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Vocabulary Word

Word: gull

Definition: trick; deceive; hoodwink; N: person who is easily tricked; dupe

Sentences Containing 'gull'

"William Withey Gull – A Biographical Sketch (T. D. Acland), Memoir II."
After her husband's death, Elizabeth Gull devoted herself to her children’s upbringing on very slender means.
As a young boy, William Gull attended a local day school with his elder sisters.
At about this time the local rector’s uncle, Benjamin Harrison, the Treasurer of Guy's Hospital, was introduced to Gull and was impressed by his ability.
Birders often abbreviate its name to "Med Gull".
Cameron Gull was born about 1858 in Buckhold, Pangbourne, Berkshire and died in infancy.
Caroline Cameron Gull was born in 1851 at Guy’s Hospital and died in 1929; she married Theodore Dyke Acland MD (Oxon.)
Cormorant, Shag and Herring Gull are the most prominent species.
Gull noted that her emaciated appearance was more extreme than normally occurs in tubercular cases.
Gull observed that slow pulse and respiration seemed to be common factors in all the cases he had observed.
Gull observed that the cause of the condition could not be determined, but that cases seemed mainly to occur in young women between the ages of sixteen and twenty-three.
Gull was struck by the similarity of the case to that of Miss A, even to the detail of the pulse and respiration observations.
Gull's main work on paraplegia was published between 1856 and 1858.
Gull, encouraged by Harrison, determined to make the most of his opportunity, and resolved to try for every prize for which he could compete in the hospital in the course of that year.
Gull-Sutton Syndrome (Chronic Bright's Disease).
He alleges that one of Gull’s patients was the Whitechapel murderer.
His father, John Gull, was a barge owner and wharfinger and was thirty-eight years old at the time of William's birth.
I have sometimes disturbed a fish hawk sitting on a white pine over the water; but I doubt if it is ever profaned by the wind of a gull, like Fair Haven.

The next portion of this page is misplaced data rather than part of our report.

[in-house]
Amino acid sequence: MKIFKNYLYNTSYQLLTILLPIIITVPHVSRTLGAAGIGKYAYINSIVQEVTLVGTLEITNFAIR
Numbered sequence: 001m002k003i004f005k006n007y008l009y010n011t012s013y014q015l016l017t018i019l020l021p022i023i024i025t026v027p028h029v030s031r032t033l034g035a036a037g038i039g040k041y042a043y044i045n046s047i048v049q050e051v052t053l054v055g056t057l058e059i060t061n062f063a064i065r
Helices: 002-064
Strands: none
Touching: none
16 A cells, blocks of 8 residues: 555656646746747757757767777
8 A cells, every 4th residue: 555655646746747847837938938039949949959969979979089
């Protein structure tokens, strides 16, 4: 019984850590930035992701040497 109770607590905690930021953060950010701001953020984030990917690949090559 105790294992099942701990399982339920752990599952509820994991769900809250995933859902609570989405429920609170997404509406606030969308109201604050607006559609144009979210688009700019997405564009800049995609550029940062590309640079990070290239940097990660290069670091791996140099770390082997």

In "Gull i munn", teams had to bake 50 croissants.
In 1887, Sir William Gull suffered the first of several strokes at his Scottish home at Urrard House, Killiecrankie.
In Gull's published medical papers, images of Miss A are shown that depict her appearance before and after treatment (right).
In recognition of his service, on 8 February 1872 William Gull was created the 1st Baronet of the Baronetcy of Brook Street.
In this address, Gull referred to the condition as "Apepsia hysterica", but subsequently amended this to "Anorexia hysterica" and then to "Anorexia nervosa".
Miss A was referred to Sir William Gull by her doctor, a Mr Kelson Wright, of Clapham, London on 17 January 1866.
Miss B was the second case described in detail by Gull in his "Anorexia nervosa" paper.
Miss K expressed herself to Gull as "quite well".
Miss K was brought to Gull's attention by a Dr. Leachman, of Petersfield, in 1887.
On 18 May 1848, Dr. Gull married Susan Ann Lacy, daughter of Colonel J. Dacre Lacy, of Carlisle.
Over the next two years, Gull lived in London, Reigate and Brighton, suffering several more strokes.
Photographs of Miss K appear in Gull's published papers.
Predators of eggs and nestlings include the great black-backed gull and American herring gull, common ravens, ermine, and red fox.
She was referred to Gull on 8 October 1868, aged 18, by her family who suspected tuberculosis and wished to take her to the south of Europe for the coming winter.
Since the 1970s, Gull has been linked to the unsolved 1888 Whitechapel murders (Jack the Ripper) case.
Sir William Gull spoke out against this bias and led efforts to improve the prospects of women who wished to pursue careers in medicine.
Sir William Gull's will, with a codicil, was dated 27 November 1888.
The fictional character "Sir Nigel Gull" appears in the 1993 novel " The List of Seven " by Mark Frost. "Sir Nigel Gull" is depicted as a Royal physician and appears to be based on Sir William Gull.
The following persons were appointed as executors: his wife, Dame Susan Anne Gull, his son, Sir William Cameron Gull, of Gloucester Street, Portman Square (the new baronet), Mr. Edmund Hobhouse, and Mr. Walter Barry Lindley.
The fund was launched with initial donations of £252 9s; Gull’s personal contribution was 10 guineas (£10 10s).
The islands are internationally important sites for breeding populations of Manx Shearwater and Arctic Tern and nationally important sites for breeding Mediterranean Gull, Common Gull and Eider Duck.
The Mediterranean Gull ("Larus melanocephalus") is a small gull which breeds almost entirely in the Western Palearctic, mainly in the south east, especially around the Black Sea, and in central Turkey.
The Mediterranean Gull is slightly larger and bulkier than the Black-headed Gull with a heavier bill and longer, darker legs.
The term anorexia nervosa was first established by Sir William Gull in 1873.
The Times newspaper carried the following report on 30 January 1890: The news of Gull's death was reported around the world.
The Treasurer's patronage provided Gull with two rooms in the hospital with an annual allowance of £50 a year.
These include Fulmar, Black-legged Kittiwake, Common Gull, Razorbill and Shag.
This gull breeds in colonies in large reedbeds or marshes, or on islands in lakes; where its population is small, it nests in Black-headed Gull colonies.
Throughout this period Gull's various duties gave him extensive opportunities to develop his medical experience.
William Cameron Gull was born on 6 January 1860 in Finsbury, Middlesex and died in 1922.
William Gull often said that his real education had been given him by his mother.
William Withey Gull was born on 31 December 1816 in Colchester, Essex.
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